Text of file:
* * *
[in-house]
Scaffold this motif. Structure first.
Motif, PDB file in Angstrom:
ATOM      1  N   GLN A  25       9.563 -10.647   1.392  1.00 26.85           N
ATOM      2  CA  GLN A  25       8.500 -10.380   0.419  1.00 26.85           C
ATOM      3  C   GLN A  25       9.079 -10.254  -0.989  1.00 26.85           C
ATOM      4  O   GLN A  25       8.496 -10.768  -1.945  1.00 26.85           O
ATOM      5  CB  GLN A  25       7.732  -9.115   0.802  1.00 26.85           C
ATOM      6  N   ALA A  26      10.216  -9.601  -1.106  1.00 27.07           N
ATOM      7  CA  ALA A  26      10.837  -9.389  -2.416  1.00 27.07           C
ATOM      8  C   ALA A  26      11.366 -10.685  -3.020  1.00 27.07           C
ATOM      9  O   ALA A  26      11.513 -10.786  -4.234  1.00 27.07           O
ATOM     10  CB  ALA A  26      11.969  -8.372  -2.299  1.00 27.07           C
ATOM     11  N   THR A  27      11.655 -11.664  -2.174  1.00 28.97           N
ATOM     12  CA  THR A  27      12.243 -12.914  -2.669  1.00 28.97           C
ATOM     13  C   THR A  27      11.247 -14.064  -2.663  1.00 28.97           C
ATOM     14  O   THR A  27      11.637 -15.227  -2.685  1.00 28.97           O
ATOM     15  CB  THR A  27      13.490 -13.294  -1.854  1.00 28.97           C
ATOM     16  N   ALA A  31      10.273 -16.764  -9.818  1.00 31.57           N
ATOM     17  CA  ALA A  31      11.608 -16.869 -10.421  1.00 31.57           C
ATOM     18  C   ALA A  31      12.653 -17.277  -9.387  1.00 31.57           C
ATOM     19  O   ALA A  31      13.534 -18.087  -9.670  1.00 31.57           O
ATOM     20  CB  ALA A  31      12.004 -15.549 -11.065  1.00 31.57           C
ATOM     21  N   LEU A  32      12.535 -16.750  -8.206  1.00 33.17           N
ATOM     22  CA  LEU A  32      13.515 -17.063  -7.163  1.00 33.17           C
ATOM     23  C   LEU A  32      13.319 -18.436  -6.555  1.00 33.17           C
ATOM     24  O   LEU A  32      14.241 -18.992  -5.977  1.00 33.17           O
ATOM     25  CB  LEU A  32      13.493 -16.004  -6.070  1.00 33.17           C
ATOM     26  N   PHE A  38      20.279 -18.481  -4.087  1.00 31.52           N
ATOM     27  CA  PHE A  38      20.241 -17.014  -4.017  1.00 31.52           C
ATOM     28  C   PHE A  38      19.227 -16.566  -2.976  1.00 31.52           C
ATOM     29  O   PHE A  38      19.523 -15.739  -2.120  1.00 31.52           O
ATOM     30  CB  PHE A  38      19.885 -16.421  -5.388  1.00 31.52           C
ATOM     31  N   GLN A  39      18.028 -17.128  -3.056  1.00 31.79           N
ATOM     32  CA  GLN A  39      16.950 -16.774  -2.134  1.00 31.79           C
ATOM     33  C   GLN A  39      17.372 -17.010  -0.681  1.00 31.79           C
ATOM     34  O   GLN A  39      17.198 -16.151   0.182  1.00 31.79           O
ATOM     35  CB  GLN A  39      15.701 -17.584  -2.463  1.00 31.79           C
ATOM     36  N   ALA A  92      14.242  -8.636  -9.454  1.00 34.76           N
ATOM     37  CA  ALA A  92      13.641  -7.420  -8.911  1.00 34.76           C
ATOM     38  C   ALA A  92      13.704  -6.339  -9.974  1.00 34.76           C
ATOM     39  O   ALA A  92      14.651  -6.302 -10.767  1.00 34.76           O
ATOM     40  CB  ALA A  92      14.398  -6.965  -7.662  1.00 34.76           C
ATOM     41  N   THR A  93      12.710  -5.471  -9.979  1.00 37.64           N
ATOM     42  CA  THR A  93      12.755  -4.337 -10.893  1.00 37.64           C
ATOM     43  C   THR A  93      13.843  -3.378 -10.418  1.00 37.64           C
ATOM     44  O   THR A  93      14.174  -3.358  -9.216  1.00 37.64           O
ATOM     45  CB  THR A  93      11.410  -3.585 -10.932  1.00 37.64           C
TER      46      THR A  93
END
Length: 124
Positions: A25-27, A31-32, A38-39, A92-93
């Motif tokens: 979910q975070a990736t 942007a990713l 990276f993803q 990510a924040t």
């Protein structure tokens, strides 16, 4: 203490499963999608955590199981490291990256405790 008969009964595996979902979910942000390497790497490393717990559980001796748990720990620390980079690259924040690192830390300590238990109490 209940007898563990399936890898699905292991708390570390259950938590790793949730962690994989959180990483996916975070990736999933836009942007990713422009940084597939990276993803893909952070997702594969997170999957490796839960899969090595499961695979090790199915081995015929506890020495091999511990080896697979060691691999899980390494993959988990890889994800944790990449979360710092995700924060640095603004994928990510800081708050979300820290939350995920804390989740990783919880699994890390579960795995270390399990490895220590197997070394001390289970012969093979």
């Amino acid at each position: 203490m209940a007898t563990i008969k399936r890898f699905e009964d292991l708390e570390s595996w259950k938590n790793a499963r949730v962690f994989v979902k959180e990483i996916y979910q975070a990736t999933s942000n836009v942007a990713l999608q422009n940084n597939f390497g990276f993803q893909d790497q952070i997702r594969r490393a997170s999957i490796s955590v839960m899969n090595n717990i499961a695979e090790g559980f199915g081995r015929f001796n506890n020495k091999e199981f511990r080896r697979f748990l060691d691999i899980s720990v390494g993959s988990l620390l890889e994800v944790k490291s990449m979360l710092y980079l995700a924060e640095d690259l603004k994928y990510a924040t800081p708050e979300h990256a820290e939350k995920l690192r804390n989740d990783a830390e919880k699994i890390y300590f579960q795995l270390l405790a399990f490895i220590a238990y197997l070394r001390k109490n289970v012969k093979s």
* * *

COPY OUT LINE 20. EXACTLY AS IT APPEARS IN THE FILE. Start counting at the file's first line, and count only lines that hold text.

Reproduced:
ATOM     17  CA  ALA A  31      11.608 -16.869 -10.421  1.00 31.57           C